Below is my Monday Economic Report for the Week of May 21.
Most reports on manufacturing activity last week echoed a familiar theme. The sector remains a bright spot in the U.S. economy. Higher production and new orders helped to lift the Conference Board’s measures of the current and forward-looking indices. While the overall Leading Economic Index (LEI) fell by 0.1 percent, this was primarily due to lower housing permits and other factors. Industrial production rose 1.1 percent in April—its fastest pace since December 2010—with motor vehicle activity up significantly. On a year-over-year basis, manufacturing production has risen 6 percent. Mining and utility industries also experienced strong gains for the month, and overall capacity utilization now stands at its highest point since spring 2008. This is encouraging news.
Other data reflected similar sentiments. The Federal Reserve Bank of New York observed manufacturing activity in its region bouncing back in May after a disappointing April, especially among shipments. The housing market appears to be back on track to have a slow but steady improvement in this still-depressed sector. Seasonal variations can explain at least part of the previous month’s decline, with the latest data consistent with the positive numbers seen earlier in the year. These same seasonal adjustments—brought about because of the warmer-than-normal winter—also affected retail sales figures. Building materials sales dropped 1.8 percent, reversing March’s 2.7 percent gain. Overall, though, retail sales continue to grow modestly, with Americans continuing to spend.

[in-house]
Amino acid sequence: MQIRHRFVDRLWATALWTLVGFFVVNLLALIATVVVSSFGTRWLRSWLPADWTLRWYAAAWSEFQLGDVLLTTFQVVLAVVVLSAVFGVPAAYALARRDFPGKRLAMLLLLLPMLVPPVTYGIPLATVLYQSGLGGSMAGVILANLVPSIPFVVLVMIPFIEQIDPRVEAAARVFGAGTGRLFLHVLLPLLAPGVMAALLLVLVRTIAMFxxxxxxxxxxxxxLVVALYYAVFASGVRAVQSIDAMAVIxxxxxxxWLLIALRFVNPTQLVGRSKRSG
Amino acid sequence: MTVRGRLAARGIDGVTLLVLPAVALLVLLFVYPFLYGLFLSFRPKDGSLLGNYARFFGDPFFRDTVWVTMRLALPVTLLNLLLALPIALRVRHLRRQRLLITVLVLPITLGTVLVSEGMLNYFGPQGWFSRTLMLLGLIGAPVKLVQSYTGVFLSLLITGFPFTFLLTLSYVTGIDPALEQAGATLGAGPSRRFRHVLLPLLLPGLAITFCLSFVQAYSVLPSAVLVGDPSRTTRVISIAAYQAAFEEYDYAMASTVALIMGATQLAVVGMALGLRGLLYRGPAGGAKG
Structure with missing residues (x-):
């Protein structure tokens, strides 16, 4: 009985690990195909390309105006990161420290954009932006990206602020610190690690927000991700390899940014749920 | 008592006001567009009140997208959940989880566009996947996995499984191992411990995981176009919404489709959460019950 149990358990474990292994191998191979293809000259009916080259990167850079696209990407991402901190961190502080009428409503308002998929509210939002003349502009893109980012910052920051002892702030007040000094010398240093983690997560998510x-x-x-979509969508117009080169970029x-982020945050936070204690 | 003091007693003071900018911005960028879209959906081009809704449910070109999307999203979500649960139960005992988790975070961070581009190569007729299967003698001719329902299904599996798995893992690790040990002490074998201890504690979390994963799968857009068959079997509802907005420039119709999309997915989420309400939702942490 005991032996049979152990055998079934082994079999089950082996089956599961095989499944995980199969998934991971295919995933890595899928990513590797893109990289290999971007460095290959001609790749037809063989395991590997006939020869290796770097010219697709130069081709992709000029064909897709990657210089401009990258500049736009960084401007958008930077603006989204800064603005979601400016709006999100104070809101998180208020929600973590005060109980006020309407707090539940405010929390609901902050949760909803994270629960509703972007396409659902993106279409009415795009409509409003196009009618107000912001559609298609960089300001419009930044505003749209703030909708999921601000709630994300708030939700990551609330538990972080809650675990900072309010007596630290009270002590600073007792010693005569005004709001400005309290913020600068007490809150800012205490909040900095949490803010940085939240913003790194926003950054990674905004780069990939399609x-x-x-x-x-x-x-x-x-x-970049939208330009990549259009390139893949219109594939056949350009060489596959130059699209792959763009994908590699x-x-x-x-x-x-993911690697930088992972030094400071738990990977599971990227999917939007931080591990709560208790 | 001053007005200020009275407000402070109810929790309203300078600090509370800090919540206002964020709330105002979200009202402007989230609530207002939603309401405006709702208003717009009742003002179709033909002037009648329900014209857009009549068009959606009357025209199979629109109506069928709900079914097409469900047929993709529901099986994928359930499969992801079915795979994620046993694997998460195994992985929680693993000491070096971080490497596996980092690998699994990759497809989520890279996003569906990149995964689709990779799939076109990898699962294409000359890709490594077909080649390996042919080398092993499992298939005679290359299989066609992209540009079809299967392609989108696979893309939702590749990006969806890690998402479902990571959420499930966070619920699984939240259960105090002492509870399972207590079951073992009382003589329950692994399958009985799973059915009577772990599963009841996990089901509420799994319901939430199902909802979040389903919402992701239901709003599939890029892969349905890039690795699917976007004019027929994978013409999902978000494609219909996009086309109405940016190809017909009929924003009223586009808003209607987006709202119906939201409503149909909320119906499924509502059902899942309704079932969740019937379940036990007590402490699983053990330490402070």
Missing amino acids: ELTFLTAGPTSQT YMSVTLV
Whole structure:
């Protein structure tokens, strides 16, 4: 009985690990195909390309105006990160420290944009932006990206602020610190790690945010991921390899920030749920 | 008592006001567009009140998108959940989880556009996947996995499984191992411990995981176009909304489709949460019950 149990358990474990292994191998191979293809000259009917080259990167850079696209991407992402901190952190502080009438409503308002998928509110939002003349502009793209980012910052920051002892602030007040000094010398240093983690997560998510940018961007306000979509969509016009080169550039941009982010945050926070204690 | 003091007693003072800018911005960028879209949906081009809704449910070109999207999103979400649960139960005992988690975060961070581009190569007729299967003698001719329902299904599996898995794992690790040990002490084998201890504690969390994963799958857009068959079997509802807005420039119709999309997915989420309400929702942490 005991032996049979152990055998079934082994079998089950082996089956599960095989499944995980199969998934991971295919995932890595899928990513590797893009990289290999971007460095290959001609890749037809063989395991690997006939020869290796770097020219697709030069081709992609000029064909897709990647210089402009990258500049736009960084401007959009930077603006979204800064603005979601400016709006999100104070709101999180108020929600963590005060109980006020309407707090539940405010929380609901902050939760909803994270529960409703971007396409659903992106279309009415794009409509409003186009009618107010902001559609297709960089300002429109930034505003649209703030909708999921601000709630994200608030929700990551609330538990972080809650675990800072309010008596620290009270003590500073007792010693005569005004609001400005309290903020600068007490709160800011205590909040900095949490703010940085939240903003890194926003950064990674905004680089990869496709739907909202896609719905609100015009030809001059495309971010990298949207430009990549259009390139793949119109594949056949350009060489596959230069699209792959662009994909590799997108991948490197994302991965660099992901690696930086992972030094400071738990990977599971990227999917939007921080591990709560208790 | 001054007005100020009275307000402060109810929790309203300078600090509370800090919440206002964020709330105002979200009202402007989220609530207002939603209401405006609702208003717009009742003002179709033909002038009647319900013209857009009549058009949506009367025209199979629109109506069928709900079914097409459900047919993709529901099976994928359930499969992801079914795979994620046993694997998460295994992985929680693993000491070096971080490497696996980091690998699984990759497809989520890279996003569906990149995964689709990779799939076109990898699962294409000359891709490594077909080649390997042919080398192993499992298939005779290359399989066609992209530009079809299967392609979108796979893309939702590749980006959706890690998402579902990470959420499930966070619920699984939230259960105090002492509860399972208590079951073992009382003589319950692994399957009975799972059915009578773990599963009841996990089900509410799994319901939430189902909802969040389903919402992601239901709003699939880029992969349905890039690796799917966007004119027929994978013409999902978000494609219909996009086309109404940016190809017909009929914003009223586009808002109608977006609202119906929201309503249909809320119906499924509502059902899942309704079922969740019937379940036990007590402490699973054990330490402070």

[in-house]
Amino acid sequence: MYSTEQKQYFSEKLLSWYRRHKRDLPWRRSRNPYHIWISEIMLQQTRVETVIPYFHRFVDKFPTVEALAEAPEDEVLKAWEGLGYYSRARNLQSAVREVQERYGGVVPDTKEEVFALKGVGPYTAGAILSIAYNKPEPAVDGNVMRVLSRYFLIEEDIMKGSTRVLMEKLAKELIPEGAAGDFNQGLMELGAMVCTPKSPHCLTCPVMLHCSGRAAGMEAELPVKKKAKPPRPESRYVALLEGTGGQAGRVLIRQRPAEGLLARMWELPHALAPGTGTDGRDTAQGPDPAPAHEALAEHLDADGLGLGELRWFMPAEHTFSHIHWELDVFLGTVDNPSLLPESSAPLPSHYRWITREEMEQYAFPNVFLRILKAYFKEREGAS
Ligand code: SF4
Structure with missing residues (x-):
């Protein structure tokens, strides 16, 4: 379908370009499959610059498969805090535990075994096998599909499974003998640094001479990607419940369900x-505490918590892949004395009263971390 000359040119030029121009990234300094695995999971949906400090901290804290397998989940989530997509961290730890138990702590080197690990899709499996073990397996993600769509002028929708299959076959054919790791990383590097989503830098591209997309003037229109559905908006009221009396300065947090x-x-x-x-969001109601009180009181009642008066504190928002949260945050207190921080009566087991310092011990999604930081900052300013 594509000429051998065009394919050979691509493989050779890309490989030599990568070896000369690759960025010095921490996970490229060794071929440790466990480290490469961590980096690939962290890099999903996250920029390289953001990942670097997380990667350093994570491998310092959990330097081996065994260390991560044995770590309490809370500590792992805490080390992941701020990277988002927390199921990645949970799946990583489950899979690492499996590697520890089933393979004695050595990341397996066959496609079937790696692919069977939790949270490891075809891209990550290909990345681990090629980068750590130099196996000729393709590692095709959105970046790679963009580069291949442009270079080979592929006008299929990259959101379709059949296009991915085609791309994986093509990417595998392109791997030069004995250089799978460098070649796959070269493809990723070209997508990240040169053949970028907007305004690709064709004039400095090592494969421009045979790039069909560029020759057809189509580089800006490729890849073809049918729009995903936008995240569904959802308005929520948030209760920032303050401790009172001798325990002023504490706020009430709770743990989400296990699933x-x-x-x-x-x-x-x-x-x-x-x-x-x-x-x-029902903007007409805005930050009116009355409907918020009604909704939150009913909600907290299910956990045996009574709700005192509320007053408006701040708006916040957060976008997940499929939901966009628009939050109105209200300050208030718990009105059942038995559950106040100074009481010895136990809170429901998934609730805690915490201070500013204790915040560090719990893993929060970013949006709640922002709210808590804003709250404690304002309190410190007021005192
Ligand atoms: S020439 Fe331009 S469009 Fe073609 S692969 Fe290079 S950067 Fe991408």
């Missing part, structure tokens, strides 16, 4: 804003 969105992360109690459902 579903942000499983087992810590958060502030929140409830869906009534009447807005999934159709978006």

Not all of the news last week was good, however. The Philadelphia Federal Reserve Bank’s survey on manufacturing activity reflected a surprisingly downbeat assessment. Several key indicators showed contractions, including new orders and employment, and respondents were less positive about future production. It remains to be seen if the Philly survey represents an outlier or not; its next survey will be closely watched (much as it was after a similarly disappointing report last August). In other news, it’s looking increasingly likely that Greece might exit the euro, which could have profound consequences on the global economy and increase everyone’s anxiety levels.
This week, the Federal Reserve Banks of Kansas City and Richmond will release manufacturing sentiment surveys for their regions. Hopefully, their assessments reflect higher production and new orders, similar to the industrial production and Empire State survey out last week. In addition, new data on durable goods orders will hopefully also show increased activity.
Chad Moutray is chief economist, National Association of Manufacturers.
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